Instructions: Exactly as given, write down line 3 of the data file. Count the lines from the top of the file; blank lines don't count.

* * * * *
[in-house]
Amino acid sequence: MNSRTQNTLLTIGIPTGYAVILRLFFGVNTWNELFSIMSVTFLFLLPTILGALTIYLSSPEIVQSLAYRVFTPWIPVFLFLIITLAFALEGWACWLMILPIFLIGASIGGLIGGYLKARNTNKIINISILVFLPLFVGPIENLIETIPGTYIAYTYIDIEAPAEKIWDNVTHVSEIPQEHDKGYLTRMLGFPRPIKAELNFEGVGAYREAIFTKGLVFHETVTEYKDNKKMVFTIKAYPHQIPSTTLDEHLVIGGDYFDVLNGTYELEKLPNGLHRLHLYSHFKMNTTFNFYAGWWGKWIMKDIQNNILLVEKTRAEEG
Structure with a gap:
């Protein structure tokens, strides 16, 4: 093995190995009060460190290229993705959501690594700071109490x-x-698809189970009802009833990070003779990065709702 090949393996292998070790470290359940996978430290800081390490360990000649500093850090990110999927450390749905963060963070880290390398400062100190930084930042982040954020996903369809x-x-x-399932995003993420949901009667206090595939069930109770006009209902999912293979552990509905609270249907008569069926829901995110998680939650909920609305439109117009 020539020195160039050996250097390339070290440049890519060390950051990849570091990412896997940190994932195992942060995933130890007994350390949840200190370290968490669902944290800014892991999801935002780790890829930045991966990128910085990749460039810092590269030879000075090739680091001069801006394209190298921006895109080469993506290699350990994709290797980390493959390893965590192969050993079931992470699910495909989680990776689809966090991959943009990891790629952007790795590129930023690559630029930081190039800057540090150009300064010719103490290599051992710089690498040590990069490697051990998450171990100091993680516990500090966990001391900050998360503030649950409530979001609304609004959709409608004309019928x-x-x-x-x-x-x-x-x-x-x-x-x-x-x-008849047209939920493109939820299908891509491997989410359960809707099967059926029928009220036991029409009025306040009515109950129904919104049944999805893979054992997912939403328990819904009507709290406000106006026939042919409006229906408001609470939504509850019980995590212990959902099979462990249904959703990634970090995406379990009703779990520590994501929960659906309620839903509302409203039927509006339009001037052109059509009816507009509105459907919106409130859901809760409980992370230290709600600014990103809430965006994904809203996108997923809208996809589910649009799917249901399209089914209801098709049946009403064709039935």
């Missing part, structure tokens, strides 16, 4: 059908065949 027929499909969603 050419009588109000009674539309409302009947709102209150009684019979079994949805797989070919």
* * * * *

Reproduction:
Structure with a gap: